Co-operative Bank of Kenya’s short-term loans issued via mobile phone have grown 2.6 times to Sh91.14 billion on increased demand for salary advances due to Covid-19 economic hardships.
The lender discloses that its mobile platform M-Co-op Cash loan book surged from Sh34.58 billion at the end of June last year to Sh91.14 billion at the end of last June.
The number of customers taking the e-credit, mostly for short term goals such as buying food and paying rent, has also tripled from 2,982 to 9,139.
Co-op Bank says that 86 percent of the e-credit or Sh78.38 billion relates to salary advances with the remaining share tapped by businesses for working capital.
The increased uptake of salary advances coincides with the period in which the discovery of first Covid-19 case in Kenya on March 13 triggered job losses and salary cuts, disrupting financial plans of salaried people.
Industries and other businesses have since cut down on their activities in response to the pandemic, leading to job cuts and unpaid leave for retained staff as profitable firms move into losses.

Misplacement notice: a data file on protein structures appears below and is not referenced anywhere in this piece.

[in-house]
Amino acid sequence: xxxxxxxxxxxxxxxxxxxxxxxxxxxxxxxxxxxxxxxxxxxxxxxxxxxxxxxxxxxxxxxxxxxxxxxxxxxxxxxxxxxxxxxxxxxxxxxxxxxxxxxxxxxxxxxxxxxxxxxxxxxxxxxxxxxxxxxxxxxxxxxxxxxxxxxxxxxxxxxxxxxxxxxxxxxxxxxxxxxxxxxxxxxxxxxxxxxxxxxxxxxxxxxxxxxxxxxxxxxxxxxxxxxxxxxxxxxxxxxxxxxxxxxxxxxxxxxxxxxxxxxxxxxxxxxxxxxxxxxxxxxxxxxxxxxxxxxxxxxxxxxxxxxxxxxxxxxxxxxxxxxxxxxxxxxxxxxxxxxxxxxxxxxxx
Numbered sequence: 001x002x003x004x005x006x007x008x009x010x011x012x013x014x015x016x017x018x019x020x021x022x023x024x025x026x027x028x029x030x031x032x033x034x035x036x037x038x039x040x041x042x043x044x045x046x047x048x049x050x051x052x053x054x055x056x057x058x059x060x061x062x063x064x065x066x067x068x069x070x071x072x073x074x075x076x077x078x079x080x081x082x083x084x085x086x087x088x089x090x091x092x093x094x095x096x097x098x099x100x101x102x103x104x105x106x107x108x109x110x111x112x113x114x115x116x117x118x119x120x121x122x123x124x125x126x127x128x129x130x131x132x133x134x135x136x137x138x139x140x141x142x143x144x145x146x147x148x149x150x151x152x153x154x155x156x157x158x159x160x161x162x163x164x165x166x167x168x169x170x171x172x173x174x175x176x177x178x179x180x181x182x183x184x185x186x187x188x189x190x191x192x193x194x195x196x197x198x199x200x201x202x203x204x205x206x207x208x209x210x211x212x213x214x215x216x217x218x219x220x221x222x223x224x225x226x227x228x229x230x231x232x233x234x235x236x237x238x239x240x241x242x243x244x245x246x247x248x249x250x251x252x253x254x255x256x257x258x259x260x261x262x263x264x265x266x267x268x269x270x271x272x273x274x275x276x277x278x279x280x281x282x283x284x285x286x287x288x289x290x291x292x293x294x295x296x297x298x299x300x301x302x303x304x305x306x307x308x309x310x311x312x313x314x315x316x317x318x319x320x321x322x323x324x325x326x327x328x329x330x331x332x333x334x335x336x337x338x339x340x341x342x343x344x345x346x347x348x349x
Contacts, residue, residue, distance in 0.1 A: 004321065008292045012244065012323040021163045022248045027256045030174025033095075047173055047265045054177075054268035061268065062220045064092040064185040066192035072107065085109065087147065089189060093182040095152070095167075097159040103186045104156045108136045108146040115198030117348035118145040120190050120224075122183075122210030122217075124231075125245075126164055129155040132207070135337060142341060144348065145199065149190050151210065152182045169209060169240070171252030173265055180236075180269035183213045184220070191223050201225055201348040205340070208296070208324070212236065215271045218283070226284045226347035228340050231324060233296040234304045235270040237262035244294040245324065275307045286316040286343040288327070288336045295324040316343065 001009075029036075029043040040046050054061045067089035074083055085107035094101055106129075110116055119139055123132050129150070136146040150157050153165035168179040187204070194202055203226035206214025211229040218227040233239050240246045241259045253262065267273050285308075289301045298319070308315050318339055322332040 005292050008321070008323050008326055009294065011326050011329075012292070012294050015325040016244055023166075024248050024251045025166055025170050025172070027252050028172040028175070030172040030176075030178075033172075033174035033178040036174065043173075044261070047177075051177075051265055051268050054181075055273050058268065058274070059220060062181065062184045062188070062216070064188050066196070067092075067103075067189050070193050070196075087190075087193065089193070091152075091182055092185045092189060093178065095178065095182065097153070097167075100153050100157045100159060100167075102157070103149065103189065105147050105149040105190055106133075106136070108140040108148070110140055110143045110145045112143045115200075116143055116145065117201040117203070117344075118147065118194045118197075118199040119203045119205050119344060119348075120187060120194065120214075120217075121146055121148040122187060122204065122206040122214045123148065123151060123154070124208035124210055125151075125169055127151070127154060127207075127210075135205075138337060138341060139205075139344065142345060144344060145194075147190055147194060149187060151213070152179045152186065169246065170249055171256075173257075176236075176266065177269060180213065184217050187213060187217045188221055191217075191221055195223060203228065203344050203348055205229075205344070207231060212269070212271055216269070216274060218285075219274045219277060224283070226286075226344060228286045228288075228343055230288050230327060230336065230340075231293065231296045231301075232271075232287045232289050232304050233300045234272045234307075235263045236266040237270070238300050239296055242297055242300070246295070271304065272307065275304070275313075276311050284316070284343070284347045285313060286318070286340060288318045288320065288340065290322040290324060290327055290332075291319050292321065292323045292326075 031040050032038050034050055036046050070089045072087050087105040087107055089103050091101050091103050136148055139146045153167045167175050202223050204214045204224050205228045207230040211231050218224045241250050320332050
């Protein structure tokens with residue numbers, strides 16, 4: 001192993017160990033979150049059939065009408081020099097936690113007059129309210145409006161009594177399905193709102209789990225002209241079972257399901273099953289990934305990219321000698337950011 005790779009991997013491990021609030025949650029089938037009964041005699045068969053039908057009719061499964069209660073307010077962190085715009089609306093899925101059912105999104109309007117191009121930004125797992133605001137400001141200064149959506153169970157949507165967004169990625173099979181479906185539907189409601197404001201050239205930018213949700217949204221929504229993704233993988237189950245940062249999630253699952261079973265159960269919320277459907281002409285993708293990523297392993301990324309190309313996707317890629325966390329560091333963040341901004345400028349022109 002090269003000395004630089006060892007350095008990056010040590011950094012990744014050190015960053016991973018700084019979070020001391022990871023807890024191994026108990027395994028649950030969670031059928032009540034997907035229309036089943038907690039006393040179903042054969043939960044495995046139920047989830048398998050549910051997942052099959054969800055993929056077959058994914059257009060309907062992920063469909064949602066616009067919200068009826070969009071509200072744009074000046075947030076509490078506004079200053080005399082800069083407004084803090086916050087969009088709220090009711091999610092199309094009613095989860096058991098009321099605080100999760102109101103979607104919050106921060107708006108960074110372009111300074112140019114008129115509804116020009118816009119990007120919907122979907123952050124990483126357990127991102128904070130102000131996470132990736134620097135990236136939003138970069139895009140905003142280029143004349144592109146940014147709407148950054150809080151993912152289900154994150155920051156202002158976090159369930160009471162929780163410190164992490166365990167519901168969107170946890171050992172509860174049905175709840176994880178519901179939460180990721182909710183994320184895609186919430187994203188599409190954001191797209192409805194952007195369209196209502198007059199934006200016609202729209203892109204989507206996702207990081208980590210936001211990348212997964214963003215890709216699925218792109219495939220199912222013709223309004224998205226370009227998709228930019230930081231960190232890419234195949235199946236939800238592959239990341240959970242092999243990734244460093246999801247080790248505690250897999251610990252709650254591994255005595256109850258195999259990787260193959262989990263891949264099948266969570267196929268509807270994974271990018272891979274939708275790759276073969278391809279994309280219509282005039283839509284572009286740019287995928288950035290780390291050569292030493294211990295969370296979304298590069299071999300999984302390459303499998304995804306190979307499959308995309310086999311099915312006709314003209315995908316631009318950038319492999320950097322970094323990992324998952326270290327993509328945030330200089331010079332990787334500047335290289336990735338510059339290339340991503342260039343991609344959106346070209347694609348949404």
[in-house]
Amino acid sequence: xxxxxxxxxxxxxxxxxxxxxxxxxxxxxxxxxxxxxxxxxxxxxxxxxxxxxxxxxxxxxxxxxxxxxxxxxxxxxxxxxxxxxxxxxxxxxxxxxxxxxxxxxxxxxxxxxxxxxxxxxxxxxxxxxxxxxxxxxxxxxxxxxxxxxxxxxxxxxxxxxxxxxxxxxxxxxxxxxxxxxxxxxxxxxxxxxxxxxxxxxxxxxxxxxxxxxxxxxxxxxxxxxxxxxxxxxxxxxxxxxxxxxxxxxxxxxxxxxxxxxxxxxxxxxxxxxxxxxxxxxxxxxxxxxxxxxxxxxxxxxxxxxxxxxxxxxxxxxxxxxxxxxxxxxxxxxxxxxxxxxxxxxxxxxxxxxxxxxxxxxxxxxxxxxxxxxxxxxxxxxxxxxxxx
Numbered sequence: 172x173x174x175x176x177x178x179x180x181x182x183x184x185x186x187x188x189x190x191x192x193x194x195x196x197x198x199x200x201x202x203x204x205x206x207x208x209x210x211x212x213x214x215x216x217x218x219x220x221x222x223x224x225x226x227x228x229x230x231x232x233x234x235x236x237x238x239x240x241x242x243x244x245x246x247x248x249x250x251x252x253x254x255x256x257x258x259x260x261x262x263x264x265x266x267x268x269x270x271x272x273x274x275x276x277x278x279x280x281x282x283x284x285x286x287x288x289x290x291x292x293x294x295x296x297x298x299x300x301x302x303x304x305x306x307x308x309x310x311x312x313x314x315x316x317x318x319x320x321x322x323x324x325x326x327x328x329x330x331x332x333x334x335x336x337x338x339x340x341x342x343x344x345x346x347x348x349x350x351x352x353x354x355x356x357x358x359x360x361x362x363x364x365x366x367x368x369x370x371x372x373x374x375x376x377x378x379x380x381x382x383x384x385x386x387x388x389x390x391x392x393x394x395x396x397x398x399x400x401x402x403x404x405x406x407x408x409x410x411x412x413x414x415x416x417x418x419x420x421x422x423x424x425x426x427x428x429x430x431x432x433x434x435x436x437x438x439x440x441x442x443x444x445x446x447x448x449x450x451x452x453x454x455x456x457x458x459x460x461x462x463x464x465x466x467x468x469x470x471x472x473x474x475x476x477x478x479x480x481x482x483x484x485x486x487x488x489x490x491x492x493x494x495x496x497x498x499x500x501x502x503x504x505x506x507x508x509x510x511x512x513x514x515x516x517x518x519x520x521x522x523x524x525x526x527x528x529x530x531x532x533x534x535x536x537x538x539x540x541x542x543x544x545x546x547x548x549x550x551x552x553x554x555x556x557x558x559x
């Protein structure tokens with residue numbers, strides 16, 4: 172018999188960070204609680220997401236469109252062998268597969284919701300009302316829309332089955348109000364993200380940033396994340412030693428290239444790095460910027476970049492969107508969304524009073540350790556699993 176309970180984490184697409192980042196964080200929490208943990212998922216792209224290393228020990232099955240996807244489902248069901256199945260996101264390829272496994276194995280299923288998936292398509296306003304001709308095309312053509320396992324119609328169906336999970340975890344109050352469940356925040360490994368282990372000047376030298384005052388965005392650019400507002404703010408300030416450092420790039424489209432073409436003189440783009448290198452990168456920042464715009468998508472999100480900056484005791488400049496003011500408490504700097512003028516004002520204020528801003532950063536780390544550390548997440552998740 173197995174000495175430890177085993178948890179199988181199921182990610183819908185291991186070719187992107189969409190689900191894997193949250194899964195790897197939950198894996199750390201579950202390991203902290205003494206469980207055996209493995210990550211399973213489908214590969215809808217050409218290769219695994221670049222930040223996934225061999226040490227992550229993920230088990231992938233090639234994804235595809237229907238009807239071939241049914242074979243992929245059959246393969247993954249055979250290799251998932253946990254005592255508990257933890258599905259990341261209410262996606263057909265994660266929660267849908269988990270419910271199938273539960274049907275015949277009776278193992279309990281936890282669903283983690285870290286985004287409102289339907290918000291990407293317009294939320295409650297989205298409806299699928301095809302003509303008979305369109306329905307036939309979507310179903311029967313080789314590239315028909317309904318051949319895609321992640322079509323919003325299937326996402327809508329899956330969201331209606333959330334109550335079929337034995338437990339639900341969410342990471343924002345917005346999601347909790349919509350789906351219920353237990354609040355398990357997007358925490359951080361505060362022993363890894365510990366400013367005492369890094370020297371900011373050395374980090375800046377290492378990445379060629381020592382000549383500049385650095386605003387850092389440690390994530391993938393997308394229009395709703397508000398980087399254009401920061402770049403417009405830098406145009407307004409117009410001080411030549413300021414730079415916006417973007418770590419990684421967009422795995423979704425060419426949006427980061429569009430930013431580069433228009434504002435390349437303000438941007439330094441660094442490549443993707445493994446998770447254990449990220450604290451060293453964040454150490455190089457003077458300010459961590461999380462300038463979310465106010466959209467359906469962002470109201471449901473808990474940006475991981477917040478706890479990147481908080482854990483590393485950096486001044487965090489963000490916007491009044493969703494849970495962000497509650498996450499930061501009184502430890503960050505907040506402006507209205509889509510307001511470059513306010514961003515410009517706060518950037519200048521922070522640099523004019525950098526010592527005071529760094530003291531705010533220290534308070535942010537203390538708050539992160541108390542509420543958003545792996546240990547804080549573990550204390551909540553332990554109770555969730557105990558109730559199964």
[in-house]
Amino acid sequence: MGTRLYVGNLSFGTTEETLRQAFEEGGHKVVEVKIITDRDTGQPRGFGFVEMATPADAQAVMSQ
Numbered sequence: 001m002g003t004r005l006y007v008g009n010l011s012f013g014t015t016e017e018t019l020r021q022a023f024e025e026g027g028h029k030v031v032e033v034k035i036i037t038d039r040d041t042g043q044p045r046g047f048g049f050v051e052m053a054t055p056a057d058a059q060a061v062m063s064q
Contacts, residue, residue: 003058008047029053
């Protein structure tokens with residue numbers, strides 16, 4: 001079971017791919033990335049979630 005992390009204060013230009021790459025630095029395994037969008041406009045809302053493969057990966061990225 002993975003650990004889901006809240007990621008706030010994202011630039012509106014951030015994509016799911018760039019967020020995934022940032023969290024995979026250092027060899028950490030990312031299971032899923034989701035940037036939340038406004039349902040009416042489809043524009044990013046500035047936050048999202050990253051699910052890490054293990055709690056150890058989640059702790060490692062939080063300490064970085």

This has triggered a jump in workers seeking short-term credit through digital applications to plug gaps in their expenditure.
“We are actively engaging our customers to support them through this period by re-aligning the servicing of facilities, funding and transactional needs as the situation unfolds,” said managing director Gideon Muriuki.
Salary advances, which are usually repayable by between one and three months, were at Sh28 billion in June last year.
They are usually attractive because they do not come with conditions such as guarantors or security. Banks mostly require one to maintain a salary account.
Co-op Bank charges a processing fees of eight percent on the amount of salary advance.
In addition, the customer pays 20 percent excise duty of the processing fee and an insurance fees of 0.034 percent of the loan value.